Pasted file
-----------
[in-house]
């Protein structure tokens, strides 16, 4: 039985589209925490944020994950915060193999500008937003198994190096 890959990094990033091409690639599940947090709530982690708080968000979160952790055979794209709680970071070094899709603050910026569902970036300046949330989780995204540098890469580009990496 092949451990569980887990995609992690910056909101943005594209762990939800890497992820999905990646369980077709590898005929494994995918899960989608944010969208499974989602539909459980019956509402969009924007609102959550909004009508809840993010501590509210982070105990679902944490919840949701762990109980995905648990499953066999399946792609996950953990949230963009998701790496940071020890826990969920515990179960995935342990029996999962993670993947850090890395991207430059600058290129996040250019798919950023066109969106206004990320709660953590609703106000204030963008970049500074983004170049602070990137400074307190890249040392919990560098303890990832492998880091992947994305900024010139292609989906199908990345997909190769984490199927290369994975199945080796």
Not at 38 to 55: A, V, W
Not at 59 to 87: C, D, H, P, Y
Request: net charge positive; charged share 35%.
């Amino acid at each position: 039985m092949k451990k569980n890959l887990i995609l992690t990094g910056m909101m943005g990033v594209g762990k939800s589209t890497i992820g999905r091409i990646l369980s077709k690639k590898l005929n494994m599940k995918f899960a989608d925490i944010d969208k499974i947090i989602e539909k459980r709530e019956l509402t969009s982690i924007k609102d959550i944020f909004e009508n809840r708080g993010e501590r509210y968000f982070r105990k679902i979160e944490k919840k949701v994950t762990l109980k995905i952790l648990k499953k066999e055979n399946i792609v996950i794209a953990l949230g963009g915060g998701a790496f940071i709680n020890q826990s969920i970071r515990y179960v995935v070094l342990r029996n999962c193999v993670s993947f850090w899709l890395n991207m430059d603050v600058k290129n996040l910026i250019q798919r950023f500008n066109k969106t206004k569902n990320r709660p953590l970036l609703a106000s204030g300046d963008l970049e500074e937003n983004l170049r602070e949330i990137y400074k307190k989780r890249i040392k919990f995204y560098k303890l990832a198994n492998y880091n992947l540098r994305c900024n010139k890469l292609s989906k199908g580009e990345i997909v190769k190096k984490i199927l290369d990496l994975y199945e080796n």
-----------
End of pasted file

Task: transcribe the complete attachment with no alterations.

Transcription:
[in-house]
């Protein structure tokens, strides 16, 4: 039985589209925490944020994950915060193999500008937003198994190096 890959990094990033091409690639599940947090709530982690708080968000979160952790055979794209709680970071070094899709603050910026569902970036300046949330989780995204540098890469580009990496 092949451990569980887990995609992690910056909101943005594209762990939800890497992820999905990646369980077709590898005929494994995918899960989608944010969208499974989602539909459980019956509402969009924007609102959550909004009508809840993010501590509210982070105990679902944490919840949701762990109980995905648990499953066999399946792609996950953990949230963009998701790496940071020890826990969920515990179960995935342990029996999962993670993947850090890395991207430059600058290129996040250019798919950023066109969106206004990320709660953590609703106000204030963008970049500074983004170049602070990137400074307190890249040392919990560098303890990832492998880091992947994305900024010139292609989906199908990345997909190769984490199927290369994975199945080796």
Not at 38 to 55: A, V, W
Not at 59 to 87: C, D, H, P, Y
Request: net charge positive; charged share 35%.
């Amino acid at each position: 039985m092949k451990k569980n890959l887990i995609l992690t990094g910056m909101m943005g990033v594209g762990k939800s589209t890497i992820g999905r091409i990646l369980s077709k690639k590898l005929n494994m599940k995918f899960a989608d925490i944010d969208k499974i947090i989602e539909k459980r709530e019956l509402t969009s982690i924007k609102d959550i944020f909004e009508n809840r708080g993010e501590r509210y968000f982070r105990k679902i979160e944490k919840k949701v994950t762990l109980k995905i952790l648990k499953k066999e055979n399946i792609v996950i794209a953990l949230g963009g915060g998701a790496f940071i709680n020890q826990s969920i970071r515990y179960v995935v070094l342990r029996n999962c193999v993670s993947f850090w899709l890395n991207m430059d603050v600058k290129n996040l910026i250019q798919r950023f500008n066109k969106t206004k569902n990320r709660p953590l970036l609703a106000s204030g300046d963008l970049e500074e937003n983004l170049r602070e949330i990137y400074k307190k989780r890249i040392k919990f995204y560098k303890l990832a198994n492998y880091n992947l540098r994305c900024n010139k890469l292609s989906k199908g580009e990345i997909v190769k190096k984490i199927l290369d990496l994975y199945e080796n």